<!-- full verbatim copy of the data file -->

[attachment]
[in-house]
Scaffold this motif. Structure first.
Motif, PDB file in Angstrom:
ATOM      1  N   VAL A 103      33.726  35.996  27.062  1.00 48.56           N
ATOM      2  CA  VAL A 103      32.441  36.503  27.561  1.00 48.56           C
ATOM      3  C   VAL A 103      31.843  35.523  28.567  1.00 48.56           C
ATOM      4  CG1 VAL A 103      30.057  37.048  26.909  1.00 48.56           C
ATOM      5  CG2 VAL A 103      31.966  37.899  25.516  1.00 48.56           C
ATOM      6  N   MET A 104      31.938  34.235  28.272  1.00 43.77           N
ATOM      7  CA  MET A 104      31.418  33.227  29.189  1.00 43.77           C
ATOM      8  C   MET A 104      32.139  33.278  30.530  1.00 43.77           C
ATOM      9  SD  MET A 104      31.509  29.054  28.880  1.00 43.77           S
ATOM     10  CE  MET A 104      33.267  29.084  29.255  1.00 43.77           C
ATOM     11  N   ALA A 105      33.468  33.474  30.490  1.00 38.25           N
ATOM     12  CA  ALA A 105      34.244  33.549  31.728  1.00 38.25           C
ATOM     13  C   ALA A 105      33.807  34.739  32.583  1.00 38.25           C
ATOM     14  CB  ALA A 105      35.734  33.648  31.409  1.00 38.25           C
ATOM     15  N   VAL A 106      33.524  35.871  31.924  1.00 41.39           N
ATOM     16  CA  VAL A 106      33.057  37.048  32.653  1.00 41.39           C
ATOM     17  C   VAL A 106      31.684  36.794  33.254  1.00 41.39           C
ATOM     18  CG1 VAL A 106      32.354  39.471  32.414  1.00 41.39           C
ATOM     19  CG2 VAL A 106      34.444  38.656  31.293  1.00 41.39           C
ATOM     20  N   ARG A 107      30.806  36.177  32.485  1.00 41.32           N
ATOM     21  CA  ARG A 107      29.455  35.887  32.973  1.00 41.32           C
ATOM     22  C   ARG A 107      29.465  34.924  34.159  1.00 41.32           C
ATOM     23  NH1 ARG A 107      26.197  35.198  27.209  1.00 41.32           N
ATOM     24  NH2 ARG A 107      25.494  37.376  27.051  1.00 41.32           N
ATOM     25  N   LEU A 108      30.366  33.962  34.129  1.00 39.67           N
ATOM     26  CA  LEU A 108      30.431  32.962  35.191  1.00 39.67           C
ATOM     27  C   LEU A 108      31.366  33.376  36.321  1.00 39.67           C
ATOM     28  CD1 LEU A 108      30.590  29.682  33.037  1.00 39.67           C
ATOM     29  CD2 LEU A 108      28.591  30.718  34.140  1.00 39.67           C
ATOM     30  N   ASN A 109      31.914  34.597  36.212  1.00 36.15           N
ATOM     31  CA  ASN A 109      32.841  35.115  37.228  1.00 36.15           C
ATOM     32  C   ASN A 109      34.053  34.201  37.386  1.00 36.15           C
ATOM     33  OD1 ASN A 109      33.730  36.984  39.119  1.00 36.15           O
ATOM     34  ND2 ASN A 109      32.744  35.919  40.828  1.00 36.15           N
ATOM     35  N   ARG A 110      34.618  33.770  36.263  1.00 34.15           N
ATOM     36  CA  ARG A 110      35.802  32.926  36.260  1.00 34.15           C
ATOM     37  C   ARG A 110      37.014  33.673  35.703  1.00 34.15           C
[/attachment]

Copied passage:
[in-house]
Scaffold this motif. Structure first.
Motif, PDB file in Angstrom:
ATOM      1  N   VAL A 103      33.726  35.996  27.062  1.00 48.56           N
ATOM      2  CA  VAL A 103      32.441  36.503  27.561  1.00 48.56           C
ATOM      3  C   VAL A 103      31.843  35.523  28.567  1.00 48.56           C
ATOM      4  CG1 VAL A 103      30.057  37.048  26.909  1.00 48.56           C
ATOM      5  CG2 VAL A 103      31.966  37.899  25.516  1.00 48.56           C
ATOM      6  N   MET A 104      31.938  34.235  28.272  1.00 43.77           N
ATOM      7  CA  MET A 104      31.418  33.227  29.189  1.00 43.77           C
ATOM      8  C   MET A 104      32.139  33.278  30.530  1.00 43.77           C
ATOM      9  SD  MET A 104      31.509  29.054  28.880  1.00 43.77           S
ATOM     10  CE  MET A 104      33.267  29.084  29.255  1.00 43.77           C
ATOM     11  N   ALA A 105      33.468  33.474  30.490  1.00 38.25           N
ATOM     12  CA  ALA A 105      34.244  33.549  31.728  1.00 38.25           C
ATOM     13  C   ALA A 105      33.807  34.739  32.583  1.00 38.25           C
ATOM     14  CB  ALA A 105      35.734  33.648  31.409  1.00 38.25           C
ATOM     15  N   VAL A 106      33.524  35.871  31.924  1.00 41.39           N
ATOM     16  CA  VAL A 106      33.057  37.048  32.653  1.00 41.39           C
ATOM     17  C   VAL A 106      31.684  36.794  33.254  1.00 41.39           C
ATOM     18  CG1 VAL A 106      32.354  39.471  32.414  1.00 41.39           C
ATOM     19  CG2 VAL A 106      34.444  38.656  31.293  1.00 41.39           C
ATOM     20  N   ARG A 107      30.806  36.177  32.485  1.00 41.32           N
ATOM     21  CA  ARG A 107      29.455  35.887  32.973  1.00 41.32           C
ATOM     22  C   ARG A 107      29.465  34.924  34.159  1.00 41.32           C
ATOM     23  NH1 ARG A 107      26.197  35.198  27.209  1.00 41.32           N
ATOM     24  NH2 ARG A 107      25.494  37.376  27.051  1.00 41.32           N
ATOM     25  N   LEU A 108      30.366  33.962  34.129  1.00 39.67           N
ATOM     26  CA  LEU A 108      30.431  32.962  35.191  1.00 39.67           C
ATOM     27  C   LEU A 108      31.366  33.376  36.321  1.00 39.67           C
ATOM     28  CD1 LEU A 108      30.590  29.682  33.037  1.00 39.67           C
ATOM     29  CD2 LEU A 108      28.591  30.718  34.140  1.00 39.67           C
ATOM     30  N   ASN A 109      31.914  34.597  36.212  1.00 36.15           N
ATOM     31  CA  ASN A 109      32.841  35.115  37.228  1.00 36.15           C
ATOM     32  C   ASN A 109      34.053  34.201  37.386  1.00 36.15           C
ATOM     33  OD1 ASN A 109      33.730  36.984  39.119  1.00 36.15           O
ATOM     34  ND2 ASN A 109      32.744  35.919  40.828  1.00 36.15           N
ATOM     35  N   ARG A 110      34.618  33.770  36.263  1.00 34.15           N
ATOM     36  CA  ARG A 110      35.802  32.926  36.260  1.00 34.15           C
ATOM     37  C   ARG A 110      37.014  33.673  35.703  1.00 34.15           C